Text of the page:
How to Build a Fire

The art of building a fire. The simple act could, one day, save your life.

To Build A fire by Jack London is one of my favorite short stories, The story is about a man traveling on foot through the wilderness of the far north on his way to meet up with friends in camp. The man has been traveling since early morning and is tired, cold and hungry. In his rush to get back to camp he becomes careless and falls through the ice of a frozen stream. At 30 degrees below zero his clothes starts to freeze immediately and he knows his only hope for survival is to build a fire and to build it fast. He gathers the wood and after struggling to light a match with his rapidly freezing hands he finally gets the fire started. Unfortunately, he selects a spot under a pine tree and wind dislodges snow from the branches above and smothers the fire. The man is now so cold that his blood is thickening and he freezes to death.

Unlike the man in the story, there's little chance that any of us will ever find ourselves in a situation where the simple act of building a fire could save our lives. But there are many who have. The recent natural disasters in Haiti and Chile left hundreds of thousands with out heat, light or the ability to cook. Something as innocent as a short camping or hiking trip can end in disaster with a miss-step or a turn of bad luck.

I think that the ability to build a fire should be common knowledge to every man. My father taught me when I was very young and I've used that knowledge many times throughout my life. It's true that, with the advance in technology, the skill has gradually disappeared and been replaced with high tech camp stoves, gas grills and the heat pump. But, under the right circumstances, the need is still there. Which brings me to the reason for this article.

A couple of weeks ago a bunch of us guys, between the ages of late teens to early twenties, went on a trout fishing trip in the Pisgah National Forest in the North Carolina Mountains. We setup camp on a favorite trout stream and headed out fishing. As evening approached, we gathered back in camp ready for a hot meal of fresh trout and fried potatoes. Everyone pitched in and gathered wood for the fire and I sat down against a large rock perfectly willing to let the others do the chores and build the fire. The teens and twenty somethings enthusiastically set to the task of building the fire. I sat and watched as they argued back and forth about what went where and how best to proceed. It wasn't long before I realized that, if I wanted a hot meal and a warm camp, I was going to have to build the fire.

I will admit that I was disappointed that none of these young men knew how to do, what kids of my generation, could do easily. None could have survived a cold night if lost in this wilderness. They also didn't know that acorns turned into Oak trees or that pines trees didn't shed their needles in winter. So the trip turned into a fishing slash nature slash survival lesson. I explained that there was a method to building a fire and that you started at the bottom and worked up. The things necessary to build a fire are:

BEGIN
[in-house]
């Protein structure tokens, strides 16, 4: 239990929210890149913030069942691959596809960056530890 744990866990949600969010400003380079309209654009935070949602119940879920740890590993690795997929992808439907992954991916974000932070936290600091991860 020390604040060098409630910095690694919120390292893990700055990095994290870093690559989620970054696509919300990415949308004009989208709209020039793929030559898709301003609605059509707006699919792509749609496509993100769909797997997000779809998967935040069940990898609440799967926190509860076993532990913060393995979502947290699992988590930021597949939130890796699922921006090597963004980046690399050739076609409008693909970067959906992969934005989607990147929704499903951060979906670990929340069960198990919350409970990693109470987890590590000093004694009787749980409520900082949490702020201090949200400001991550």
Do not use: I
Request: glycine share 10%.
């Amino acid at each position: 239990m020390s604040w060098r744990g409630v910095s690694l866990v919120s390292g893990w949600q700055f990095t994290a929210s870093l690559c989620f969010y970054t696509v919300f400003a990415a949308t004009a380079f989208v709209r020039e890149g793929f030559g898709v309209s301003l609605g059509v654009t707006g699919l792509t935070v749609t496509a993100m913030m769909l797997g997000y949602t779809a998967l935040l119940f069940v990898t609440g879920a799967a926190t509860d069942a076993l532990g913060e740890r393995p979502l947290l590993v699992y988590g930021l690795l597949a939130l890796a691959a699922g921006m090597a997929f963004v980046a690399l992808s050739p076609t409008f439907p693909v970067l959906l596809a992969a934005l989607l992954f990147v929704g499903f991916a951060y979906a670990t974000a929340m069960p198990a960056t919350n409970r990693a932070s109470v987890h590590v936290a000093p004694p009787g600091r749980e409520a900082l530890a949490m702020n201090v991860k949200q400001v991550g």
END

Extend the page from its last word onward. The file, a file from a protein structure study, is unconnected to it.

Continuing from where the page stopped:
Tinder is the first thing and is anything that is easy to ignite and burns quickly. If you have paper by all means use it, it works well. Other things are dried grass, tree bark, pine cones or dried needles.

After the tinder comes kindling,which is small twigs and sticks that will catch fire easily.

Next, after the kindling is burning well, you gradually add larger pieces of the sticks and twigs increasing the size as the fire builds.

Finally, now that you have the fire going and a nice bed of coals, you can add the fuel or larger split logs.

The photo to the right shows the components. From left to right there is a paper bag that my BLT came in. Next is dry, rotting tree bark, then an assortment of different sized twigs and sticks and finally split oak logs.

If you follow these simple steps anyone can have a nice fire burning in a matter of just a few minutes.

I enjoy sitting around a fire at night and fortunately I live in a place where having a camp fire is not a problem. I built a stone fire pit in my back yardstone fire pit last year just for that reason and I use it frequently. It's nice on cool winter evenings or even summer nights to just sit around the fire with a beer and talk with friends. If you're alone, which I am a lot, it's a time to reminisce or just ponder life.

Another great thing about campfires is cooking. I enjoy cooking on an open fire. One of my favorites is barbecue. Charcoal or gas grills work well and are really convenient, but, they don't compare to a wood fire when it comes to taste. Just try a Boston Butt over wood coals and see for yourself.


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